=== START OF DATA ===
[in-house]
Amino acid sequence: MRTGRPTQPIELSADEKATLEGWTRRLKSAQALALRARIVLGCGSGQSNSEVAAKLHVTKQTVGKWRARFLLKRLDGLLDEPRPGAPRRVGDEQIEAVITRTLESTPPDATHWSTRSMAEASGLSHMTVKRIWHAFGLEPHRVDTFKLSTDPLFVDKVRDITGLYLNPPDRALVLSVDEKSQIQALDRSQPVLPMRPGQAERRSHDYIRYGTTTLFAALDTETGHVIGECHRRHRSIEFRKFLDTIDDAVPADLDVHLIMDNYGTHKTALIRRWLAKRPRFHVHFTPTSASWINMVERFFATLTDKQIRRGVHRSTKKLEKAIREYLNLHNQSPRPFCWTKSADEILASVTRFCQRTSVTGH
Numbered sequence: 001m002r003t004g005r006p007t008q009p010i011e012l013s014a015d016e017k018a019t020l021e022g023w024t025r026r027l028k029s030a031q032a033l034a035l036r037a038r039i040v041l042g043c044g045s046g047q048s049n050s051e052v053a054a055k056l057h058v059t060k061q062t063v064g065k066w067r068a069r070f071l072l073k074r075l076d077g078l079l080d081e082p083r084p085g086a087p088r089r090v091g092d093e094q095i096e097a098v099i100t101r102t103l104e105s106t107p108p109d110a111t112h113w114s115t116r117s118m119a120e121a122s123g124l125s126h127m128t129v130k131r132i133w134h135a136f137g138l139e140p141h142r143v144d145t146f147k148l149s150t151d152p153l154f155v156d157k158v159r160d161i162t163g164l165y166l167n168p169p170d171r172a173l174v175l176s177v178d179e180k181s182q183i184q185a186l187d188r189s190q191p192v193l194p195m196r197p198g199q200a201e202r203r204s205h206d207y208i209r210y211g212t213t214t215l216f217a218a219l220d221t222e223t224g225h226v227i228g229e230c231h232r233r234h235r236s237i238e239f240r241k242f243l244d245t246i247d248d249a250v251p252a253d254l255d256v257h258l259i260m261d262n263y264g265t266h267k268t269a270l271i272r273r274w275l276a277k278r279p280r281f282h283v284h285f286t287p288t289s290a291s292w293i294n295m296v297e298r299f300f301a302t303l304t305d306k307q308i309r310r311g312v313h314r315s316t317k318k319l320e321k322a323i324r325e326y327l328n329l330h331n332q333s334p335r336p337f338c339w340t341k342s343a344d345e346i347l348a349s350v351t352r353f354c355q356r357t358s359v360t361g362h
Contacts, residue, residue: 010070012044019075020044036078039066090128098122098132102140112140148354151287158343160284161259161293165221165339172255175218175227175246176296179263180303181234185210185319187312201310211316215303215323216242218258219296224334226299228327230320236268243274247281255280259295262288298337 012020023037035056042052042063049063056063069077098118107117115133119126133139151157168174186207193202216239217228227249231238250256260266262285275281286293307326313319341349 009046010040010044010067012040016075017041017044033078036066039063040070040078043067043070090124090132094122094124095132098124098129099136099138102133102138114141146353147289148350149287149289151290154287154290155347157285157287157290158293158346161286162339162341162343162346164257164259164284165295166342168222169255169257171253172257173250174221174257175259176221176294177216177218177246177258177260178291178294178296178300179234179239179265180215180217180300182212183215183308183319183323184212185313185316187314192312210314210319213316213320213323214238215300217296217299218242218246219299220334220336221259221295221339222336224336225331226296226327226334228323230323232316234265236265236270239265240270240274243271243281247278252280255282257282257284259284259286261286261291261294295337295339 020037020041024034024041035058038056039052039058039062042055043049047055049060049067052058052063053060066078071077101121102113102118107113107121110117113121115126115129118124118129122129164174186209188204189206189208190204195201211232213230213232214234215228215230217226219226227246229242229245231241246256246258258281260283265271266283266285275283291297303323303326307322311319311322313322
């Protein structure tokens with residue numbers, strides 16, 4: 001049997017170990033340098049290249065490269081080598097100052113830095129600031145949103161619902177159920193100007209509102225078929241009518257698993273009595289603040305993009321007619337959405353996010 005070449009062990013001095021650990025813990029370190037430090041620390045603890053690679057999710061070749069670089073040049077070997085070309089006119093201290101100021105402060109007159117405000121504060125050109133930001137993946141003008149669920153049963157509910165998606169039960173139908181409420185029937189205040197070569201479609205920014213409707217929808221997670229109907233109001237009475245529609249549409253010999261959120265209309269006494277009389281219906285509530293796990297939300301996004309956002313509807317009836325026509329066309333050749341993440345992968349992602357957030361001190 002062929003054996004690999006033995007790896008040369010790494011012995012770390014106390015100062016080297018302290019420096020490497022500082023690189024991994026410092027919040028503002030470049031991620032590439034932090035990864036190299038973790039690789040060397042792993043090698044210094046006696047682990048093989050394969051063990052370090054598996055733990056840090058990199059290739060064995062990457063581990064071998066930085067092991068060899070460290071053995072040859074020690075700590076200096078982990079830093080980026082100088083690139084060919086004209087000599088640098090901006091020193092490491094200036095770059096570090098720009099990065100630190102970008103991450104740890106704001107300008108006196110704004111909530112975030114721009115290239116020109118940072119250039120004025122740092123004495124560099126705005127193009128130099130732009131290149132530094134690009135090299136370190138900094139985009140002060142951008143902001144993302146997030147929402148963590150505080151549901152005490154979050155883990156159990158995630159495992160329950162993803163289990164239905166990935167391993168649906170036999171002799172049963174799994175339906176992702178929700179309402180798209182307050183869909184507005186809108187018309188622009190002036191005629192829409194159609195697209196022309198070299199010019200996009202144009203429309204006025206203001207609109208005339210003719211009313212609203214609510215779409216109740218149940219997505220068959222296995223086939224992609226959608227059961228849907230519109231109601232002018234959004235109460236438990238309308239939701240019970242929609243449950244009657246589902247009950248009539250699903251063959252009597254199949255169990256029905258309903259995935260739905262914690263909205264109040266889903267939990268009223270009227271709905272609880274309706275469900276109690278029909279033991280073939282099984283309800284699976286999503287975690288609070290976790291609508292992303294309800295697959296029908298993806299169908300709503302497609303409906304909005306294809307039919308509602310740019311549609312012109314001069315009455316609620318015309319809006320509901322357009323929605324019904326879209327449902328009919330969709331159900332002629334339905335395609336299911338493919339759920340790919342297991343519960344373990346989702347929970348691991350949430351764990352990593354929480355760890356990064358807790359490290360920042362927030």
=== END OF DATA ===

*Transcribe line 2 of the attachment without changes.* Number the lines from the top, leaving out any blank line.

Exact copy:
Amino acid sequence: MRTGRPTQPIELSADEKATLEGWTRRLKSAQALALRARIVLGCGSGQSNSEVAAKLHVTKQTVGKWRARFLLKRLDGLLDEPRPGAPRRVGDEQIEAVITRTLESTPPDATHWSTRSMAEASGLSHMTVKRIWHAFGLEPHRVDTFKLSTDPLFVDKVRDITGLYLNPPDRALVLSVDEKSQIQALDRSQPVLPMRPGQAERRSHDYIRYGTTTLFAALDTETGHVIGECHRRHRSIEFRKFLDTIDDAVPADLDVHLIMDNYGTHKTALIRRWLAKRPRFHVHFTPTSASWINMVERFFATLTDKQIRRGVHRSTKKLEKAIREYLNLHNQSPRPFCWTKSADEILASVTRFCQRTSVTGH